I’ve been thinking about this issue for a long time. I don’t understand why more people aren’t voting. I’m really concerned that such a small percentage of the people of our city voted OR that such a large percent didn’t. This is definitely not right. How can anyone say “this is what the people of Burlington want”? Maybe it’s the hours? Maybe it’s the day of the week, maybe younger people just can’t be bothered, it’s not attractive enough to them or perhaps i’se that our population is older and unable. Or it’s just plain apathy. I wonder if it could done online or on a cellphone,,, if the results would be better? How could we be sure it was safe, secure and accurate? Hopefully there is a workable answer.
I did vote in the election but my wife, who normally does, did not. She had intended to, but got involved in a big work project in the late afternoon and by the time she came home, the polls had closed. I think if pressed, she would say that had the election been higher stakes for her, personally, voting would have been more of a priority and she would have made the time, despite the inconvenience, but this particular election was low-stakes for her, comparatively speaking.
All the usual caveats apply too — voting is priority for us, so we do it nine elections out of ten, but it could be made easier and more foregrounded in people’s brains in a number of ways. For example, Tuesday elections are just dumb. Why aren’t we voting on the weekend when most people are not at work? Could we have simple mail-in ballots (I know there is a mail in option but why can’t every registered voter be mailed a ballot)? And far be it from me to question long-standing Vermont traditions, but maybe city elections could happen in November, when it’s easier to get folks to the polls and pay attention because of larger state and national races?
I agree we need much better turn out — these seem like some simple, nonpartisan steps to improve the percentages.
That’s my 2 cents. Thanks for starting the conversation.
you asked why no one votes.
have u looked at your tax bill?
if u don’t own property, have u looked at your lease?
the definition of insanity is repeating the same defeating behavior and expecting a different result.
people aren’t stupid. they are, however, cynical. they know changing the personnel behind the council table isn’t worth the effort.
also, for what it’s worth, u surmise that increasing voter turnout would change the result in your favor.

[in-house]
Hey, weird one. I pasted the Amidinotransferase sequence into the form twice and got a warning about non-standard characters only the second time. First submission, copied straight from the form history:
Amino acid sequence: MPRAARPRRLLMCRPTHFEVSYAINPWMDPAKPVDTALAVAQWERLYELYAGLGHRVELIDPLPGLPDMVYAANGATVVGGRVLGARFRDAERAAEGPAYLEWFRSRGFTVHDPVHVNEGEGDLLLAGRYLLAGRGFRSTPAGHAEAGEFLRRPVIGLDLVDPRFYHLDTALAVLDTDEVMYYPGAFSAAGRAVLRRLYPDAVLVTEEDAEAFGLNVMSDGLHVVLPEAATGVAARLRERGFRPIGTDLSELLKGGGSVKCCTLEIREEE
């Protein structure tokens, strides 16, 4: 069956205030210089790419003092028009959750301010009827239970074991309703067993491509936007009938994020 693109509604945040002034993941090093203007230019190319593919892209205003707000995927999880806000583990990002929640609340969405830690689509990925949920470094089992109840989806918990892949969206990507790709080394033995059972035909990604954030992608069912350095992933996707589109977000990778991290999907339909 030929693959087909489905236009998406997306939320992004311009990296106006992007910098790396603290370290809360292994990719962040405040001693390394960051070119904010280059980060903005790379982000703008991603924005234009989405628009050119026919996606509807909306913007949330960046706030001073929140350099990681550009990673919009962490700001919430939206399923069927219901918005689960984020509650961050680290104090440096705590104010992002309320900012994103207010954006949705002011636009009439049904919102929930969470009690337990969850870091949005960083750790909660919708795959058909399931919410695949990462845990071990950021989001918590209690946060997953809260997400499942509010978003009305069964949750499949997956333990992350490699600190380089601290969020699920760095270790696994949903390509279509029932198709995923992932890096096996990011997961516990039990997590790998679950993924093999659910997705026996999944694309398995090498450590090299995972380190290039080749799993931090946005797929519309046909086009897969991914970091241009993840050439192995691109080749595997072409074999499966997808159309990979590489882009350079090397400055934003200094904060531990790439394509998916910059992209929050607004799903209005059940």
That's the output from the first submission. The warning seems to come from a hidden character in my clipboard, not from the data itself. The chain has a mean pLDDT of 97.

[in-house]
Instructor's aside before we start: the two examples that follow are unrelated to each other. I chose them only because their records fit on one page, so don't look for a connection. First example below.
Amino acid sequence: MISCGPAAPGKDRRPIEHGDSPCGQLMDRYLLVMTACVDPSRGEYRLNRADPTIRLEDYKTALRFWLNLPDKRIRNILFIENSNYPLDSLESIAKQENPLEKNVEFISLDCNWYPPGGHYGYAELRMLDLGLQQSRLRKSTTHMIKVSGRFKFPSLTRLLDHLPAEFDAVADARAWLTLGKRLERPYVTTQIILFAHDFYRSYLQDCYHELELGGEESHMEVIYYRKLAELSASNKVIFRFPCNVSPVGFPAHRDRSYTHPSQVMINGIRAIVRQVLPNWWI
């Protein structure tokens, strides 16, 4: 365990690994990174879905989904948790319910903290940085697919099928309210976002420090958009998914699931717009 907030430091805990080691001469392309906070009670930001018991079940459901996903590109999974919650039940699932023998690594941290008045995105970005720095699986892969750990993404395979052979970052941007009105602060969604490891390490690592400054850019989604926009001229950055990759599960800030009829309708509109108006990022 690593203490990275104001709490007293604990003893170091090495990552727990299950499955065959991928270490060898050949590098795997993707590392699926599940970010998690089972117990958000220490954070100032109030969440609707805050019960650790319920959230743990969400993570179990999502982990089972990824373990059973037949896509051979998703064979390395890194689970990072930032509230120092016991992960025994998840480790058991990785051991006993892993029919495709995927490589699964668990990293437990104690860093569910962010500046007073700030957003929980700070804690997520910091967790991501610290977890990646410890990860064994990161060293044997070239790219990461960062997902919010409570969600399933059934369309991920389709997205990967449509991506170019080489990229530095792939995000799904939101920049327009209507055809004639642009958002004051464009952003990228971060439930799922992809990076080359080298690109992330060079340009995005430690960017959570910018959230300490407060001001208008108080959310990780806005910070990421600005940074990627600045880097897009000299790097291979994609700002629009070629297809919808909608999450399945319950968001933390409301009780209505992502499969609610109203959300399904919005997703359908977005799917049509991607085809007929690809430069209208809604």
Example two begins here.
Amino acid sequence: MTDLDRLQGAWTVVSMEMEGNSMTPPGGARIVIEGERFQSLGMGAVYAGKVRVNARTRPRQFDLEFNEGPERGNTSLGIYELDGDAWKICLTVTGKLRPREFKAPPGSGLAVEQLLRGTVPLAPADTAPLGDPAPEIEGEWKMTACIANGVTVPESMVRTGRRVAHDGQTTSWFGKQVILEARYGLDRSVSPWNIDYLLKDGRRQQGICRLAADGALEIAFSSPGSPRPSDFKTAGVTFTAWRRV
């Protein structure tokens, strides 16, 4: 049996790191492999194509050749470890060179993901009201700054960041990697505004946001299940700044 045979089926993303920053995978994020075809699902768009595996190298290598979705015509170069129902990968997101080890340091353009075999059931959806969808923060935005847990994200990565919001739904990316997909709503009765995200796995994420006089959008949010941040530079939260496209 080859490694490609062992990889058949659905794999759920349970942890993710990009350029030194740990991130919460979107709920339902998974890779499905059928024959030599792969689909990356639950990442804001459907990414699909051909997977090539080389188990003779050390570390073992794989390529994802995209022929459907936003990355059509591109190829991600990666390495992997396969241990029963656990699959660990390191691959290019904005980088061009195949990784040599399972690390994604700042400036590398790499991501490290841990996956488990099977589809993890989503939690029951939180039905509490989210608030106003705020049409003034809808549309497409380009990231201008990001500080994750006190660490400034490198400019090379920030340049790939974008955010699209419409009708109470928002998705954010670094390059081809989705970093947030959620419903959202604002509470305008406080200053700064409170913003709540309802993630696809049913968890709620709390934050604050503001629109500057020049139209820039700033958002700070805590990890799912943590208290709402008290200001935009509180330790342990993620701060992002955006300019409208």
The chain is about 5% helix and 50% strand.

if voter turnout had doubled, joan shannon would have received proportionately just as many votes.
speaking of cynicism – how about that council pay hike? the joan shannons of this world aren’t running for the $5k a year. she’s on the council to benefit her real-estate business. exposure.
look at your tax bill!
Hi Andy, yes, I did add a little note on FPF. I strongly think there needs to be a more critical understanding of why people don’t vote — there’s a tendency to simply say that it’s irresponsibility (especially amongst more middle class members of the electorate who already vote) without recognizing the different ways in which so many people feel disenfranchised especially in local elections regardless of whether they have the actual legal right to vote. And it also doesn’t recognize the ways in which entrenched interests also often make it very difficult for people (especially those that they see as outside of their “traditional” power base) to vote.
Thanks for initiating the conversation, I’m glad it’s taking place. I think so few people actually have an opportunity to engage in democratic practices in their daily lives that when it’s reduced only to an every four-year, two-year or even an annual vote, it might seem kind of pointless. That still speaks volumes about the broken nature of electoral politics and the disenfranchisement of so many people than it does about the lack of “personal responsibility” in voting. I am not saying there’s no blame to be apportioned but it’s way out of whack with what is actually going on.
I can’t vote in local elections; in fact I can’t vote anywhere at present. I’m a green card holder who never contemplated giving up my Canadian citizenship; I voted regularly in the Canadian national, provincial and local elections ever since leaving Canada in 2006, though one of the last acts of the Stephen Harper government was to disenfranchise overseas Canadians like myself. If I do want to vote I will have to wait another two years, get US citizenship and then vote. My own experience with more effective and democratic practices have mostly been in unions or grassroots organizations; I think these two would be good models to look at in the range of alternatives you’re collecting,